Extension to hazardous waste site

The site close to Fineshade Wood is known as the East Northants Resource Management Facility (ENRNF). It is operated by Augean PLC

In October 2019 Augean PLC issued the following press release:

Augean, one of the UK's leading specialist waste management businesses, has acquired an option to purchase approximately 90 acres of land adjacent to its existing East Northants Resource Management Facility landfill site near Peterborough. This option is Augean's preferred choice following their investigation of a number of alternative solutions to provide long term key infrastructure, aligning with the national need for hazardous landfill and soil treatment in the South of England. With appropriate planning and permitting consent, the extension that has been optioned would prolong the life of the ENRMF site until the mid‐2040s. ENRMF currently generates revenue of over £15m per annum and operating profit of over £8m.

Latest: 31 January 2020

Ground survey works are continuing and, because of the heavy rainfall this winter, metal track matting has been laid around and across the fields to reduce ground damage during the site investigation works.

In a nutshell

A few facts about Augean PLC and the present site

The company obtained planning permission for hazardous waste landfill in 2006 and subsequently applied to dispose of low-level radioactive waste at the site. There were strong protests from local communities, and the county council rejected the plan. However, Augean appealed to central government and in 2011 Eric Pickles, the secretary of state, approved the plans.

The company claims that ENRMF is "a nationally important facility for the safe, secure and well-regulated treatment and disposal of wastes that require specialist handling."

As well as many other types of hazardous waste, ENRMF is allowed to bury Hazardous and Non-Hazardous Low-Level Radioactive Waste and Naturally Occurring Radioactive Material. This waste comes from the Nuclear, Oil and Gas Industries, and from the Defence, Clinical, Mineral Extraction and Construction sectors, etc.  www.augeanplc.com/waste-types/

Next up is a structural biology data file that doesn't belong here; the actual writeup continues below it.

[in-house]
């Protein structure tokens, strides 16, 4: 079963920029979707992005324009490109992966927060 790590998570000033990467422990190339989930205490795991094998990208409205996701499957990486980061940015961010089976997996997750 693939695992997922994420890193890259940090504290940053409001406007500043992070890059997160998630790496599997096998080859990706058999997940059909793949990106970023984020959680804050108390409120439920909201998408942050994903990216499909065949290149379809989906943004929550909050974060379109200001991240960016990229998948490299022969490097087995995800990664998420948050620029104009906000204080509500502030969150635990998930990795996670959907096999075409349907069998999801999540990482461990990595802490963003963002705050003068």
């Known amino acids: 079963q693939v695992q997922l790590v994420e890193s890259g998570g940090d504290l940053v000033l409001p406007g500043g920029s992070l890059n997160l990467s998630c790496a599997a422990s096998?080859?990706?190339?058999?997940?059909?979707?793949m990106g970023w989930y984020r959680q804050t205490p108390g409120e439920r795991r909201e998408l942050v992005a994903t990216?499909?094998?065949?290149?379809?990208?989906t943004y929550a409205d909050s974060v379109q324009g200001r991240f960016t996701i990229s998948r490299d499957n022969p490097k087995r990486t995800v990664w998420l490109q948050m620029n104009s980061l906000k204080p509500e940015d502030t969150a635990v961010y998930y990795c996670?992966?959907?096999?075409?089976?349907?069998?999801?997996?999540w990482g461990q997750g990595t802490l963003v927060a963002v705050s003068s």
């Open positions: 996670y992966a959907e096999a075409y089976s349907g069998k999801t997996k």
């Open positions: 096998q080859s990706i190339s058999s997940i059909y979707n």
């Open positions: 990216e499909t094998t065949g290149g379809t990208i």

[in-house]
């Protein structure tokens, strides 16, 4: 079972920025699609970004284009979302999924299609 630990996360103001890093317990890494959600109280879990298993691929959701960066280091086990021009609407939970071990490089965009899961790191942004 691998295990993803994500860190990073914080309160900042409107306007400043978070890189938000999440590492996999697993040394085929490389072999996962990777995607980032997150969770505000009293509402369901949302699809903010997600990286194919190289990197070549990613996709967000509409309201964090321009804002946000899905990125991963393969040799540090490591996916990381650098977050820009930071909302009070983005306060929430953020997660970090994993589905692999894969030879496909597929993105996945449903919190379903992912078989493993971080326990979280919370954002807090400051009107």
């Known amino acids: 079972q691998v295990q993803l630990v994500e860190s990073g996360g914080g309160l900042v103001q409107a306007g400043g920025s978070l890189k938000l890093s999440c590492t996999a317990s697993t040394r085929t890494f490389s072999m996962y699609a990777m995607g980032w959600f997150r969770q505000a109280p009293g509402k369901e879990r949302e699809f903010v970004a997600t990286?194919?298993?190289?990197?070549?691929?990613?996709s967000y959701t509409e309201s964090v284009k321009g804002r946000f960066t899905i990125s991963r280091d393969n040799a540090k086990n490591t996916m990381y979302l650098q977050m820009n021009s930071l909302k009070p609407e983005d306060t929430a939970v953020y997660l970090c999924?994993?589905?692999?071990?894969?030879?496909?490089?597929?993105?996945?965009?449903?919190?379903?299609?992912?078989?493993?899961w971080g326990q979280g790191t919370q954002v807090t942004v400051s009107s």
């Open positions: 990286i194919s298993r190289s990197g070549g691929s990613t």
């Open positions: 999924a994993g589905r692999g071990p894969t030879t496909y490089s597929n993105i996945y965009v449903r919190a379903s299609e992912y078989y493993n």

First stages of restoration are under way, with cells that are now full of waste capped with clay   augeanplc.com/wp-content/uploads/CN-2019.pdf

Predicted Augean profit for 2019 is £16.5 million before tax augeanplc.com/2019/10/16/trading-update-oct-2019/  ENRMF alone currently generates revenue of over £15m per annum and operating profit of over £8m. (Press release - Augean South Landfill Option

Under Landfill Tax legislation, Augean is required to pay tax (currently £94 per tonne) on the material buried in the site. Up to 6% of this levy can be distributed through the Landfill Communities Fund  to support projects which either improve the life of communities or aid nature conservation. This process is managed by GrantScape, with support from the Kings Cliffe Environmental Association. Grants of approximately £500,000 per annum are provided. 

www.grantscape.org.uk/fund/augean-community-fund/

Augean is currently in dispute with HMRC because of underpayment of landfill tax to the tune of £4.6m over a 5-year period to May 2018 (Press release: HMRC Intended Penalty Notification

Present view of ENRNF from Fineshade Wood. The silos are part of the soil processing plant

One of the current "cells" showing the depth of clay that helps to make this site suitable

Which fields are threatened?

During an open day on 23rd November 2019 visitors were shown the map on the right indicating the position of the two arable fields (diagonal shading).  The existing site is partially shown by the rectangular area on the right, with clay pits and the soil processing plant top left. The buildings in the bottom centre of the rectangle are believed to be farm buildings serving Howard Farms.